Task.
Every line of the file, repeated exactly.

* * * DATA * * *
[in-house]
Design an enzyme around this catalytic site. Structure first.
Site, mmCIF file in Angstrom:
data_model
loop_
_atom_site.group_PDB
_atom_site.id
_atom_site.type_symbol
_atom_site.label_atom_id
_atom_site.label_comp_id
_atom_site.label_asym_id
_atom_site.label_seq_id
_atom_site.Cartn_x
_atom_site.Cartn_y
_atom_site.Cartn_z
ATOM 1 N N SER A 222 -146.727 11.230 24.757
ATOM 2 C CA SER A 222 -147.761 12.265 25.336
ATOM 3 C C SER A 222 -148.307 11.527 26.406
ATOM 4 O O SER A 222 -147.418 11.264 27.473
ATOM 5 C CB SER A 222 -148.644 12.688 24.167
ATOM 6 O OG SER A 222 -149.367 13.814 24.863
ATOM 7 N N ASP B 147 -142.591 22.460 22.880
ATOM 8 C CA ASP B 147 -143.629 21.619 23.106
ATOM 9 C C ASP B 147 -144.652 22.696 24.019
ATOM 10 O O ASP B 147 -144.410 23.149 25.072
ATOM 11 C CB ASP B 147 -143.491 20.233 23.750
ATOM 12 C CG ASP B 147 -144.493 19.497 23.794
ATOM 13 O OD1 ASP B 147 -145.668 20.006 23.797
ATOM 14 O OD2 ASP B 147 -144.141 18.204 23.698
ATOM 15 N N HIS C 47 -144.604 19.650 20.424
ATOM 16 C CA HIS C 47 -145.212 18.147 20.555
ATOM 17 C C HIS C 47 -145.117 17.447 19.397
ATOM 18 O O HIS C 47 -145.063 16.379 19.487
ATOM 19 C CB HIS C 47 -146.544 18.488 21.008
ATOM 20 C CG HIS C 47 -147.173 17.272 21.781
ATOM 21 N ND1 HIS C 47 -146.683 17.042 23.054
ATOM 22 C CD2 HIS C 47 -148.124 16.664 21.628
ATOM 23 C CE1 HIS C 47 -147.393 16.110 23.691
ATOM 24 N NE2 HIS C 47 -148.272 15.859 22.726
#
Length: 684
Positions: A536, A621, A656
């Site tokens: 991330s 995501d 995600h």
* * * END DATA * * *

[in-house]
Design an enzyme around this catalytic site. Structure first.
Site, mmCIF file in Angstrom:
data_model
loop_
_atom_site.group_PDB
_atom_site.id
_atom_site.type_symbol
_atom_site.label_atom_id
_atom_site.label_comp_id
_atom_site.label_asym_id
_atom_site.label_seq_id
_atom_site.Cartn_x
_atom_site.Cartn_y
_atom_site.Cartn_z
ATOM 1 N N SER A 222 -146.727 11.230 24.757
ATOM 2 C CA SER A 222 -147.761 12.265 25.336
ATOM 3 C C SER A 222 -148.307 11.527 26.406
ATOM 4 O O SER A 222 -147.418 11.264 27.473
ATOM 5 C CB SER A 222 -148.644 12.688 24.167
ATOM 6 O OG SER A 222 -149.367 13.814 24.863
ATOM 7 N N ASP B 147 -142.591 22.460 22.880
ATOM 8 C CA ASP B 147 -143.629 21.619 23.106
ATOM 9 C C ASP B 147 -144.652 22.696 24.019
ATOM 10 O O ASP B 147 -144.410 23.149 25.072
ATOM 11 C CB ASP B 147 -143.491 20.233 23.750
ATOM 12 C CG ASP B 147 -144.493 19.497 23.794
ATOM 13 O OD1 ASP B 147 -145.668 20.006 23.797
ATOM 14 O OD2 ASP B 147 -144.141 18.204 23.698
ATOM 15 N N HIS C 47 -144.604 19.650 20.424
ATOM 16 C CA HIS C 47 -145.212 18.147 20.555
ATOM 17 C C HIS C 47 -145.117 17.447 19.397
ATOM 18 O O HIS C 47 -145.063 16.379 19.487
ATOM 19 C CB HIS C 47 -146.544 18.488 21.008
ATOM 20 C CG HIS C 47 -147.173 17.272 21.781
ATOM 21 N ND1 HIS C 47 -146.683 17.042 23.054
ATOM 22 C CD2 HIS C 47 -148.124 16.664 21.628
ATOM 23 C CE1 HIS C 47 -147.393 16.110 23.691
ATOM 24 N NE2 HIS C 47 -148.272 15.859 22.726
#
Length: 684
Positions: A536, A621, A656
């Site tokens: 991330s 995501d 995600h």